Life from Space Fred Hoyle and Chandra Wickramasinghe look for Life from Space

Another Beginning

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By kind permission of the Master and Fellows of St John's College.

To introduce the origins of this research one has to go back to 1940 when Ray Lyttleton and Fred suggested that the gas between the stars was likely in places to be clumped into much denser clouds than astronomers were then prepared to admit. They also suggested that the gas in dense clouds would be molecular rather than atomic, with molecular hydrogen the dominant component. These perfectly correct predictions were thought outlandish in their own time. Three decades later, when observation had shown them to be correct nobody remembered what had been said as long ago as 1940.

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The thought that molecules, even quite complex molecules, might be present in great quantities within dense clouds of interstellar gas never died away in Fred’s mind. Astronomical opinion throughout the 1950’s was so firmly set against the idea that to argue for it in the scientific literature became impossible. Hence Fred turned to the medium of science fiction to publish his thoughts in “The Black Cloud”.

In 1958 Fred was appointed Plumiam Professor of Astronomy and Experimental Philosophy at Cambridge University. As a consequence of this appointment he became an influential member of many government and university committees responsible for the development of Astronomy in Britain. Inevitably, perhaps, his approach and theories brought him into conflict with the 'Establishment' resulting finally in his resignation in 1972 and a move to the Lake District.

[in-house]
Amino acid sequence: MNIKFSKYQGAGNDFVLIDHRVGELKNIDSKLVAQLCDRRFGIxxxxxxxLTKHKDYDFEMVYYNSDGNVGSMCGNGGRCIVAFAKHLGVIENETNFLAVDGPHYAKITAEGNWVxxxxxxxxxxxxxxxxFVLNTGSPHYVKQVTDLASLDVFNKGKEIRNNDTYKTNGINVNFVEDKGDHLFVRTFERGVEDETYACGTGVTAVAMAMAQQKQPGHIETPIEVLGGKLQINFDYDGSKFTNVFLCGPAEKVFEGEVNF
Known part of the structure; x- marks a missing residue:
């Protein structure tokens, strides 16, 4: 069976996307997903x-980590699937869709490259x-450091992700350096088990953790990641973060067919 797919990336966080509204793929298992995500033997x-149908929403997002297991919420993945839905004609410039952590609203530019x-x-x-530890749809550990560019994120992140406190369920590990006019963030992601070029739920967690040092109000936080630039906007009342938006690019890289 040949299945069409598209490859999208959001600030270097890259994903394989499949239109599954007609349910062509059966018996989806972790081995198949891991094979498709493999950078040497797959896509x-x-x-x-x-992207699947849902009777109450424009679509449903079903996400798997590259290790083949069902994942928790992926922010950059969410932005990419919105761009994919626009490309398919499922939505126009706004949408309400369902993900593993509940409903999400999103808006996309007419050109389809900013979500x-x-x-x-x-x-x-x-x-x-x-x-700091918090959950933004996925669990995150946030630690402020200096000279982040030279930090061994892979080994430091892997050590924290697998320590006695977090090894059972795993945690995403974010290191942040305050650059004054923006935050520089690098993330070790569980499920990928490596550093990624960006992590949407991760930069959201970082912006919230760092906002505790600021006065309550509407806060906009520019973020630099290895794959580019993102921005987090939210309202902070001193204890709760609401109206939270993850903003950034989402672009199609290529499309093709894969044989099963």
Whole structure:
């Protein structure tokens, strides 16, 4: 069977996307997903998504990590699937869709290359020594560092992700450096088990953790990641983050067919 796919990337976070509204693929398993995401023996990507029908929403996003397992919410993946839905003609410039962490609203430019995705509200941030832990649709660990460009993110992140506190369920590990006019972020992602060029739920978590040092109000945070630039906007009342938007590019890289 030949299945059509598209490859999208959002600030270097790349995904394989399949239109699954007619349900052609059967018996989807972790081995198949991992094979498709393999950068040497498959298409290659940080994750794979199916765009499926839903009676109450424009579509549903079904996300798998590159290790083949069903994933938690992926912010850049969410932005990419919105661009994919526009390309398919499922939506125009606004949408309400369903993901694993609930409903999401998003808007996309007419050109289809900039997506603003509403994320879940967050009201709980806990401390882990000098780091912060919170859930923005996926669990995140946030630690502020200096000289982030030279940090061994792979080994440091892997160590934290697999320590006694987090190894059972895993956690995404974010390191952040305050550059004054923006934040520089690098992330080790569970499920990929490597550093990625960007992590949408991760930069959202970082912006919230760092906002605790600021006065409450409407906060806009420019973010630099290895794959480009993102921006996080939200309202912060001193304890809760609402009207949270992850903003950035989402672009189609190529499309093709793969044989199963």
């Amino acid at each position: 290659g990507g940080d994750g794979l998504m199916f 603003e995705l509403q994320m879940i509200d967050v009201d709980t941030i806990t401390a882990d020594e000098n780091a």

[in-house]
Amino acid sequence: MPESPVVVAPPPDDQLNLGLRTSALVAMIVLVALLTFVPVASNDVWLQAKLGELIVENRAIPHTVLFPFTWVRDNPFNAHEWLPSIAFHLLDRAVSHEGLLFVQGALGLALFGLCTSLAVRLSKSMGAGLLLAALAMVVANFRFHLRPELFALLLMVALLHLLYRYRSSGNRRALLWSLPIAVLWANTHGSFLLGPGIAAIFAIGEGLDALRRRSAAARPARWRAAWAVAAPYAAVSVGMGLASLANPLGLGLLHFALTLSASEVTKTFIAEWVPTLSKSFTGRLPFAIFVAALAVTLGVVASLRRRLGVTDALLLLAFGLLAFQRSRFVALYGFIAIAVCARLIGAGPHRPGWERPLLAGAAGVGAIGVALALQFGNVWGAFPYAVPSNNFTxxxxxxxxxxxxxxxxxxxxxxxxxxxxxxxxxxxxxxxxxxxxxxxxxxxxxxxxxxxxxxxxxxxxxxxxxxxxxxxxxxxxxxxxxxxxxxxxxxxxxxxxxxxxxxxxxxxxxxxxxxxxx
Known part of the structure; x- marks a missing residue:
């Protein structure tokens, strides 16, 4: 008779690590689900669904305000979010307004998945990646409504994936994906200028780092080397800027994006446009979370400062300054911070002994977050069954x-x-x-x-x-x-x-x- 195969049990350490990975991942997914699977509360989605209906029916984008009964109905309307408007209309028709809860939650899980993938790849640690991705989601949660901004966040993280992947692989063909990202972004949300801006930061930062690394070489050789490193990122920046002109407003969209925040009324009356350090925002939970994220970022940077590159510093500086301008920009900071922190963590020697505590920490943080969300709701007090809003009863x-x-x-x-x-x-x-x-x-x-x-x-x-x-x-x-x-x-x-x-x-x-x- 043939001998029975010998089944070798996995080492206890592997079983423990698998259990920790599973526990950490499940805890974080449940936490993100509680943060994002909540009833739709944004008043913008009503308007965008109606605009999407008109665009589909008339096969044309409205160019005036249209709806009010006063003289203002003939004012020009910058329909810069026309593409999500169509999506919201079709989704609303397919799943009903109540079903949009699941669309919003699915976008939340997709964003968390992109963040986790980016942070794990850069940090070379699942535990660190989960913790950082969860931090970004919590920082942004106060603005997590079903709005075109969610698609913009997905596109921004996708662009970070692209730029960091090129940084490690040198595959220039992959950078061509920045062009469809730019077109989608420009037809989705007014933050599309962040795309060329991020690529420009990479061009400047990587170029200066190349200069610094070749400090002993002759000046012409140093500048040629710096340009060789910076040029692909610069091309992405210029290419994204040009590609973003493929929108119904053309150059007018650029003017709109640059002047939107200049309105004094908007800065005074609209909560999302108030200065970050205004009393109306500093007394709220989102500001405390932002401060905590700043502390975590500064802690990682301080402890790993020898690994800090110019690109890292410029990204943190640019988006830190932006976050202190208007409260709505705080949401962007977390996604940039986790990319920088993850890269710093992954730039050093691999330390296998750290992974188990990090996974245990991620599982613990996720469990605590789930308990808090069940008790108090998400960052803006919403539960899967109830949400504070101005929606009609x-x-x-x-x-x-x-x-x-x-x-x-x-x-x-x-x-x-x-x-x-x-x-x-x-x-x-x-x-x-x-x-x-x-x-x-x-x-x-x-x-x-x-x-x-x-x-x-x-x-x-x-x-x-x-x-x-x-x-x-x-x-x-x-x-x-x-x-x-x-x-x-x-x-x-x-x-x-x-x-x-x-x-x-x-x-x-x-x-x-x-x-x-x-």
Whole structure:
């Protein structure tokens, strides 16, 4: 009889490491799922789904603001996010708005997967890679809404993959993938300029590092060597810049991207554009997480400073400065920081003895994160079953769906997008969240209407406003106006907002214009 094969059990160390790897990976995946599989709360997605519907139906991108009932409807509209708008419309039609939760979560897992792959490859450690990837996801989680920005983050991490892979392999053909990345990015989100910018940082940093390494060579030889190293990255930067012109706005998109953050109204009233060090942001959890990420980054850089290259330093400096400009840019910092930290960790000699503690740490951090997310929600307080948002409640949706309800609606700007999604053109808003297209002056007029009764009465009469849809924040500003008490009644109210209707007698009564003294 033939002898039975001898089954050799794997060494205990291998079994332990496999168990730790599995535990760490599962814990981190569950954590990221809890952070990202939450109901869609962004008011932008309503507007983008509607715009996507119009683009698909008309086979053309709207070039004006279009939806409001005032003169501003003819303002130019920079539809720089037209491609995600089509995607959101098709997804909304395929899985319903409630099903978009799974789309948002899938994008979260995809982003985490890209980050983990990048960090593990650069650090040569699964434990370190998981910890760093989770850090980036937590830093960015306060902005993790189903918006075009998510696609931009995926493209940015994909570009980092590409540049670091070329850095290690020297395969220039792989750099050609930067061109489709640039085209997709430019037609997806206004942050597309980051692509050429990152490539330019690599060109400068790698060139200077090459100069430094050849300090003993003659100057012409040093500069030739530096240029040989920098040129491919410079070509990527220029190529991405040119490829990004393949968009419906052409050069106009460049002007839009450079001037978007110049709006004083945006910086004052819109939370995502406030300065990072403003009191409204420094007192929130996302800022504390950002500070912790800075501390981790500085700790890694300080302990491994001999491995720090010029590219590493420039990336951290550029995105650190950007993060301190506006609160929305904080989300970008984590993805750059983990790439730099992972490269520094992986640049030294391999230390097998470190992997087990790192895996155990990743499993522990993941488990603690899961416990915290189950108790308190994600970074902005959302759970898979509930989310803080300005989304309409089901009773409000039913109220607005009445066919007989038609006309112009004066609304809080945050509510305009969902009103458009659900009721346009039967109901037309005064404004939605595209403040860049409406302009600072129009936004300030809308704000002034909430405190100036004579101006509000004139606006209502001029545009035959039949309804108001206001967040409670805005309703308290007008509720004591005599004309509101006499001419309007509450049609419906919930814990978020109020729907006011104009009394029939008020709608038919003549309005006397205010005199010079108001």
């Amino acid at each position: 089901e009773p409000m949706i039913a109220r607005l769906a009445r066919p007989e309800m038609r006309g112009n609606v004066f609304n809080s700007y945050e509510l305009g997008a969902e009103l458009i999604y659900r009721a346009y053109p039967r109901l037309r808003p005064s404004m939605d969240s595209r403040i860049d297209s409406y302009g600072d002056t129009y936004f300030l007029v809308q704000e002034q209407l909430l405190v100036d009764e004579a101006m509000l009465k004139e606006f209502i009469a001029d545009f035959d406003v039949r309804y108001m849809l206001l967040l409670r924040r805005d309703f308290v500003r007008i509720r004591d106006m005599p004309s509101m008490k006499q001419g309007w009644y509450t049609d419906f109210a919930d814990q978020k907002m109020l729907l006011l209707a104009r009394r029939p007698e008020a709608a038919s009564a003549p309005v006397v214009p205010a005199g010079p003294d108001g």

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Photograph by Geoffrey Hoyle

By the autumn of 1976 Fred and his wife Barbara decided to make a bicentennial trip through the United States. In all, they covered some 12,000 miles, visiting places they had enjoyed in former years and discovering many new ones. There was no thought in Fred’s mind as they drove south in splendid fall colours along the Appalachian chain of mountains from New Hampshire to N. Carolina that he would ever again be concerned seriously with scientific research. He was sixty one, long past the age for such things. Yet unknown and unsuspected he had thrown a casual glance a few weeks earlier in a direction that was to open up in the next four years into the largest investigations of his research career.